Tuesday, May 28, 2024

Short Takes – 5-28-24 – Space Geek Edition -

Dyson spheres: Astronomers report potential candidates for alien structures, and evidence against their existence. Phys.org article. Pull quote: “What Dyson realized is that these megastructures would have an observable signature. Dyson's signature (which the team searched for in the recent study) is a significant excess of infrared radiation. That's because megastructures would absorb visible light given off by the star, but they wouldn't be able to harness it all. Instead, they'd have to "dump" excess energy as infrared light with a much longer wavelength.”

Sweden's Arctic spaceport moves one step closer to orbital launches. Space.com article. Pull quote: “"By bringing our Blue Whale 1 rocket, soon ready for orbital missions, we will partner with SSC to create a state-of-the-art orbital launch service, including further delivery through SSC's ground service offering. After a successful orbital launch from South Korea next year, we look forward to beginning this historic journey at Esrange."”

Mars' moon may not be what we think, scientists claim. Fururism.com article. Pull quote: “In order to find out more about the origins of these moons, Japan is planning on launching sometime this decade the Martian Moons eXploration (MMX) mission, a spacecraft dedicated to studying the two lumpy Martian moons.”

Things are finally looking up for the Voyager 1 interstellar spacecraft. LiveScience.com article. Pull quote: “And then, on May 22, Voyager scientists released the welcome announcement that the spacecraft has successfully resumed returning science data from two of its four instruments, the plasma wave subsystem and magnetometer instrument. They're now working on getting the other two, the cosmic ray subsystem and low energy charged particle instrument, back online as well. Though there technically are six other instruments onboard Voyager, those had been out of commission for some time.”

Fish are Adapting to Weightlessness on the Chinese Space Station. UniverseToday.com article. Pull quote: “As a test subject, zebrafish have several advantages. Their short reproductive and development cycle, and transparent eggs, allow scientists to study their growth quickly and effectively, and their genetic makeup shares similarities with humans, potentially offering insights that are relevant to human health. The zebrafish genome has been fully sequenced, and for these reasons zebrafish are commonly used in scientific experiments on Earth. Seeing how these well-studied creatures behave in such an extreme environment may have a lot to tell us about the life and development of vertebrates across species while exposed to microgravity.”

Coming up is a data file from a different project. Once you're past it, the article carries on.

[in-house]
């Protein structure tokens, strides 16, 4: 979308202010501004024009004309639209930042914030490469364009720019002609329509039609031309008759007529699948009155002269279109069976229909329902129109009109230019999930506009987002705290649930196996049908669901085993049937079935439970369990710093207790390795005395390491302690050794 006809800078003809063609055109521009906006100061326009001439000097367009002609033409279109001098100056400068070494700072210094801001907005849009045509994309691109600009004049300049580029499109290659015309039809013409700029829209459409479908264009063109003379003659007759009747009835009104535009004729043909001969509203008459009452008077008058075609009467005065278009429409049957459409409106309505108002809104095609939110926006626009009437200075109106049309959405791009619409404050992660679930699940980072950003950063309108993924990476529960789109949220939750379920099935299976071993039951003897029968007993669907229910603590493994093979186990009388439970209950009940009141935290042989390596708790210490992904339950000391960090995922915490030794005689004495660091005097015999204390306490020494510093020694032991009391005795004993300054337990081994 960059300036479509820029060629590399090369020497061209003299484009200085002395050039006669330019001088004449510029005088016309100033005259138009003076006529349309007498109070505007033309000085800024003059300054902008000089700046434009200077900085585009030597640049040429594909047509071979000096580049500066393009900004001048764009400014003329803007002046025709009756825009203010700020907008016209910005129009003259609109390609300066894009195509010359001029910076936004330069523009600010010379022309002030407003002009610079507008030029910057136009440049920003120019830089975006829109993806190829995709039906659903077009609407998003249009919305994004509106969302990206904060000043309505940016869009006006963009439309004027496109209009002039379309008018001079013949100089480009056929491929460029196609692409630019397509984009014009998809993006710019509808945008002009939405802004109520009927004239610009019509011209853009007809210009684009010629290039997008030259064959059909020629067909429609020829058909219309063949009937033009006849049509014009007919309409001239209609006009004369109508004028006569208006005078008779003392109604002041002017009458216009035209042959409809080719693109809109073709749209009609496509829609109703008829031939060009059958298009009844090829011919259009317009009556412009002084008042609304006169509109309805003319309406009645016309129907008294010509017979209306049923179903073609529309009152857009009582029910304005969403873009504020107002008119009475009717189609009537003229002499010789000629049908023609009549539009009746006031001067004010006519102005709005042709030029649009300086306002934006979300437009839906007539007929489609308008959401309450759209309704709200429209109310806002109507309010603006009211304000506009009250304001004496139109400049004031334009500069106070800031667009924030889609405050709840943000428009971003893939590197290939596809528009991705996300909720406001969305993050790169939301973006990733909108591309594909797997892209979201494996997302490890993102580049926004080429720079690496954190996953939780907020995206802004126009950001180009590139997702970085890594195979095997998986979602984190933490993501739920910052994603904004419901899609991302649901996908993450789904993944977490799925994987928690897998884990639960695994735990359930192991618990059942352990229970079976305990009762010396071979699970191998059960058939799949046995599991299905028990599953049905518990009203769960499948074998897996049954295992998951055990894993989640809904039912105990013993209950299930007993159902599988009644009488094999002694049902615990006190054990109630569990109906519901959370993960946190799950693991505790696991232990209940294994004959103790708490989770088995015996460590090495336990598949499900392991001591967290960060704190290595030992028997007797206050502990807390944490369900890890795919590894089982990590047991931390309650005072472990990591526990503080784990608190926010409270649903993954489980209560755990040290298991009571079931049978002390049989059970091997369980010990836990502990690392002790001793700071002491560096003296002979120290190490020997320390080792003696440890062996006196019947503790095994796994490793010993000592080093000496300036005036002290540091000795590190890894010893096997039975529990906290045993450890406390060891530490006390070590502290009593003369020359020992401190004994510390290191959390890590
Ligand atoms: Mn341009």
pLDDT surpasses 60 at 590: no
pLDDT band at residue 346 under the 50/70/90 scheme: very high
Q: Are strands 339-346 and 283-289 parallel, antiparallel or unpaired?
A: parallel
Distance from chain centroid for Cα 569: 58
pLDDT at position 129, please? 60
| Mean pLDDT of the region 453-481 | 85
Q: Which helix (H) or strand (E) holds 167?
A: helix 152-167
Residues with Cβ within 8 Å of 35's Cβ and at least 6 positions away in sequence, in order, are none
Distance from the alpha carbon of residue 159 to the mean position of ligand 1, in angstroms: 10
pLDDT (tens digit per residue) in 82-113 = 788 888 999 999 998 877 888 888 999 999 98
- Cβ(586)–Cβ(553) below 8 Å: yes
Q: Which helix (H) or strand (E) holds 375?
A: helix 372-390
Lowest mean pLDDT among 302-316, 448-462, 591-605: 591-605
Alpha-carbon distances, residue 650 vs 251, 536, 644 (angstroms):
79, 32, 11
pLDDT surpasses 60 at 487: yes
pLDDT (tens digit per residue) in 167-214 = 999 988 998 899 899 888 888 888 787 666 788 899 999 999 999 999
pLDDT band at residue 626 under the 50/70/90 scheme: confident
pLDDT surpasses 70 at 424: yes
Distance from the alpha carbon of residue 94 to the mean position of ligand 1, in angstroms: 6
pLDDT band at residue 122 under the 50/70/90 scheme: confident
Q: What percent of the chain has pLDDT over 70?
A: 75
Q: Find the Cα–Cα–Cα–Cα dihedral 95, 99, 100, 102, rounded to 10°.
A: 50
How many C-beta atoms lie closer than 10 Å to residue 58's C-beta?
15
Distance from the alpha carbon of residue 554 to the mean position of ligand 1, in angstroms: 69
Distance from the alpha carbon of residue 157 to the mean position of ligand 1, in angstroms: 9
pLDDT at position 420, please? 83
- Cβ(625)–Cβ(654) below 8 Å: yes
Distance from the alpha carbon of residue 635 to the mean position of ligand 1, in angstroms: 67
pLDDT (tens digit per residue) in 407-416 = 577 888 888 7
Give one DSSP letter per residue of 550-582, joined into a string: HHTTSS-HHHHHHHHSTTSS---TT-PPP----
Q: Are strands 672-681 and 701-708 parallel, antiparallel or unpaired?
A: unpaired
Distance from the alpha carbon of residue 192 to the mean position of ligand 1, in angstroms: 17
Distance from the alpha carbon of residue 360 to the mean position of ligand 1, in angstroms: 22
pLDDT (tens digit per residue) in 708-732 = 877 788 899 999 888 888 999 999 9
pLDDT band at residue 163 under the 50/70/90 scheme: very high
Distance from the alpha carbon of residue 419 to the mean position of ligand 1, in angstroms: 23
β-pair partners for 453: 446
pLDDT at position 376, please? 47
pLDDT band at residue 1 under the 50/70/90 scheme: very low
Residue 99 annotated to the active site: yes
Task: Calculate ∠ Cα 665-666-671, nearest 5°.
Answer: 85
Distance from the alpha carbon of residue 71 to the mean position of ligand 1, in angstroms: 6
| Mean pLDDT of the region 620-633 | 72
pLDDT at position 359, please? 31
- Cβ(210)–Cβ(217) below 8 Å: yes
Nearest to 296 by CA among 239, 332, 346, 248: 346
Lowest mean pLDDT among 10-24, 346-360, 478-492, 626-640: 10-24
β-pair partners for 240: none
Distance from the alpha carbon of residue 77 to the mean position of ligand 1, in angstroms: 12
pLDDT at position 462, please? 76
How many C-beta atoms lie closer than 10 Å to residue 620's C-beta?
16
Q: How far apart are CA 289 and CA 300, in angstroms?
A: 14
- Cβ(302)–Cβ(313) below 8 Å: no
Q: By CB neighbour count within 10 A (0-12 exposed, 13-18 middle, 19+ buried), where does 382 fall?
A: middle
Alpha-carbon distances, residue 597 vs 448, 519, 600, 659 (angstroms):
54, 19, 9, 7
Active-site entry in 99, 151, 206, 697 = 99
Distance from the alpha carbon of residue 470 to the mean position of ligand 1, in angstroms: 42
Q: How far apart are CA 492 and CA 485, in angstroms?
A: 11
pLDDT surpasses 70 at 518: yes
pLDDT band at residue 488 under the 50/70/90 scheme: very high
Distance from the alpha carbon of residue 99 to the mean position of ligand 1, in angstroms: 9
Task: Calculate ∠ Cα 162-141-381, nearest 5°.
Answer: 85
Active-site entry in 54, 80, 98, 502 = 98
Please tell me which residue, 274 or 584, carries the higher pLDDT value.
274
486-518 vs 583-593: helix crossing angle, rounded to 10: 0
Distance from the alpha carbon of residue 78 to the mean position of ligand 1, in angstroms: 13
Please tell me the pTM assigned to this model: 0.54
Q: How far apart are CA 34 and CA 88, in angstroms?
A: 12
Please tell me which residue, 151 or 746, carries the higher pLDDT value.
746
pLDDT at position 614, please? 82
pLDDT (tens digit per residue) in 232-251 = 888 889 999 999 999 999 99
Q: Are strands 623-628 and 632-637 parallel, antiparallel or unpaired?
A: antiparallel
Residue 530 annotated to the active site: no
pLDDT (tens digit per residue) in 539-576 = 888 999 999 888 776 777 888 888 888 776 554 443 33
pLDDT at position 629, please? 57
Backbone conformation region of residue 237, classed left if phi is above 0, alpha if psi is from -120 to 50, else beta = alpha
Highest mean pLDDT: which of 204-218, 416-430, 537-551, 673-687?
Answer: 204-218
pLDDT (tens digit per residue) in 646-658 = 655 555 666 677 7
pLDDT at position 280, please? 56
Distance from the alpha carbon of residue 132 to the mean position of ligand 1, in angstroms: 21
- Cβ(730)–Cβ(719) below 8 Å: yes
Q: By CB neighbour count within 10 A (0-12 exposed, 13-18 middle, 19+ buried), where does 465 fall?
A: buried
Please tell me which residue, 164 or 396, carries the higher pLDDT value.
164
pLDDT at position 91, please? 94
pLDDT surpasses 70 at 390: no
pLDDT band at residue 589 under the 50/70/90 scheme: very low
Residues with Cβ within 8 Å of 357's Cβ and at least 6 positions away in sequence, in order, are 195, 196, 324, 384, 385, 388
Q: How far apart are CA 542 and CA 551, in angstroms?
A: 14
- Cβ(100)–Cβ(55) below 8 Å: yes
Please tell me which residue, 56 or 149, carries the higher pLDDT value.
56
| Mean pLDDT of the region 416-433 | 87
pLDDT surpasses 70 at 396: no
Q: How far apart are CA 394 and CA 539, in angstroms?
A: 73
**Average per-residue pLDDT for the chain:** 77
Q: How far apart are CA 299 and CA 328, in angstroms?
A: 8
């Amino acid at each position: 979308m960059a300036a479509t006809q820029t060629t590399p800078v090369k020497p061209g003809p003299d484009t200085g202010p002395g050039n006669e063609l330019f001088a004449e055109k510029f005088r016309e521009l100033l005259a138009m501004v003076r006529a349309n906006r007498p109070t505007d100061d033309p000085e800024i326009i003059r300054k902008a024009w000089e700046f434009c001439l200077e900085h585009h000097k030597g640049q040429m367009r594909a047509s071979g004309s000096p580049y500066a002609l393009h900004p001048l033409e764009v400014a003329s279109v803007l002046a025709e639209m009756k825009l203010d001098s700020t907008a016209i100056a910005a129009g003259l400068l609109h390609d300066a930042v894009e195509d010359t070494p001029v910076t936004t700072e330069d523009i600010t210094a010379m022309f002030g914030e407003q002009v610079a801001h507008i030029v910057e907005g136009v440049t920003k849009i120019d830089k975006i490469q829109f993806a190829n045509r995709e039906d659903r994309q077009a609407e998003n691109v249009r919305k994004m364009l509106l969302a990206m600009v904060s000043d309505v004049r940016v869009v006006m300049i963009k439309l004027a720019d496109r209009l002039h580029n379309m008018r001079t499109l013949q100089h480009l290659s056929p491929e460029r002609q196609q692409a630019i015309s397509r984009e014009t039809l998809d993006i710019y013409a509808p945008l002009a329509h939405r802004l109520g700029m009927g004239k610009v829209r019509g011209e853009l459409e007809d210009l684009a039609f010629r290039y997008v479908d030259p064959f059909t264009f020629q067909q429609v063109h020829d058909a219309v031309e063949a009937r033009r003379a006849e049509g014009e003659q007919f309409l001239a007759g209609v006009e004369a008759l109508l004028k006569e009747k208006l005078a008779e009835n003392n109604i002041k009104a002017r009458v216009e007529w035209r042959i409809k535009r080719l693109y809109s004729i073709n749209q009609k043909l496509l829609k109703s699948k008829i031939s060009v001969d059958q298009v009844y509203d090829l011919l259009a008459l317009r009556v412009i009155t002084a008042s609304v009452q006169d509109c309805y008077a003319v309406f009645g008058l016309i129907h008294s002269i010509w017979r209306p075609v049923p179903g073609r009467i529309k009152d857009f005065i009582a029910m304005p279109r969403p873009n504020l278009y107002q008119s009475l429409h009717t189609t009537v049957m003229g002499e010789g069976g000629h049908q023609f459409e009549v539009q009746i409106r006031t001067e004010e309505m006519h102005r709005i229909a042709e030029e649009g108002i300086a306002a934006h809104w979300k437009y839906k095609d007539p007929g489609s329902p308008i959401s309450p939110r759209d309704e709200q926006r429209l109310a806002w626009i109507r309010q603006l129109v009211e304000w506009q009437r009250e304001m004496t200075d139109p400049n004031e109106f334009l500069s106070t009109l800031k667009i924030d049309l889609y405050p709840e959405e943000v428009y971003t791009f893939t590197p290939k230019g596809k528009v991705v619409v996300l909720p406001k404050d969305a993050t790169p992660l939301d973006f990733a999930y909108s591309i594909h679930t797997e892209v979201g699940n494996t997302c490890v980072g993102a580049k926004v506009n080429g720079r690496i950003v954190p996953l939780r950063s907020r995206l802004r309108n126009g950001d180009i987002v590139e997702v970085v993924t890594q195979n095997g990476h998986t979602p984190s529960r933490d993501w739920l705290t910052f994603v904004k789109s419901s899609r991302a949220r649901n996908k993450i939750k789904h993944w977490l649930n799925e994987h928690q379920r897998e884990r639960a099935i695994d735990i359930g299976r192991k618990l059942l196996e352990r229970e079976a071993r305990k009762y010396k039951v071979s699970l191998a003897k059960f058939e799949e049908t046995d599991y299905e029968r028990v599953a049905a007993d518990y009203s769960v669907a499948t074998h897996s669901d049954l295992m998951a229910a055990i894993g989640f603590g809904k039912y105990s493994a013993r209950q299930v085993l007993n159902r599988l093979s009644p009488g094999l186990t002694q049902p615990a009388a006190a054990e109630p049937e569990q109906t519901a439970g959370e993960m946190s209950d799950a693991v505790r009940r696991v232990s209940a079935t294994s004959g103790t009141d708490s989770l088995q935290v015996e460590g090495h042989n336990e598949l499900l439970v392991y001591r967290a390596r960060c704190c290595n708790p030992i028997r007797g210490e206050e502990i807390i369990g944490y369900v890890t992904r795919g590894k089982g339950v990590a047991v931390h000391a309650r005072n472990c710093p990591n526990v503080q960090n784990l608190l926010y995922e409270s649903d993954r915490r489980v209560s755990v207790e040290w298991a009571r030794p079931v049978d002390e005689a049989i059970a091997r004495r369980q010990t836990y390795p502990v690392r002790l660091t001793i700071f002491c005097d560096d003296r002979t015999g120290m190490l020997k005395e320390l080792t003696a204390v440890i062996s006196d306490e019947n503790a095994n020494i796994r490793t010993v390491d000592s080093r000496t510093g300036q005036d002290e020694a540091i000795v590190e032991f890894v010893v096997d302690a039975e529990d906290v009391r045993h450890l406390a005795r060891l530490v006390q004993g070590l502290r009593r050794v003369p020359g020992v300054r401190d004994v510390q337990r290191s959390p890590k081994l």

It might be time for NASA to bail on Boeing’s Starliner. BGR.com commentary. Pull quote: “Mistakes happen, especially when you’re creating something that has to be designed to survive the harshness of space. But with NASA still holding off the launch due to an ongoing helium leak they can’t figure out how to fix, I can’t help but wonder why NASA and Boeing continue to pour money into Starliner when all the cards seemed stacked against it.”

Straight Out of Sci-Fi: NASA Advances Six Pioneering Space Technologies for Tomorrow. SciTechDaily.com article. Pull quote: “Pulsed Plasma Rocket: Shielded, Fast Transits for Humans to Mars is an innovative propulsion system that relies on using fission-generated packets of plasma for thrust. This innovative system could significantly reduce travel times between Earth and any destination in the solar system. This study is led by Brianna Clements with Howe Industries in Scottsdale, Arizona.

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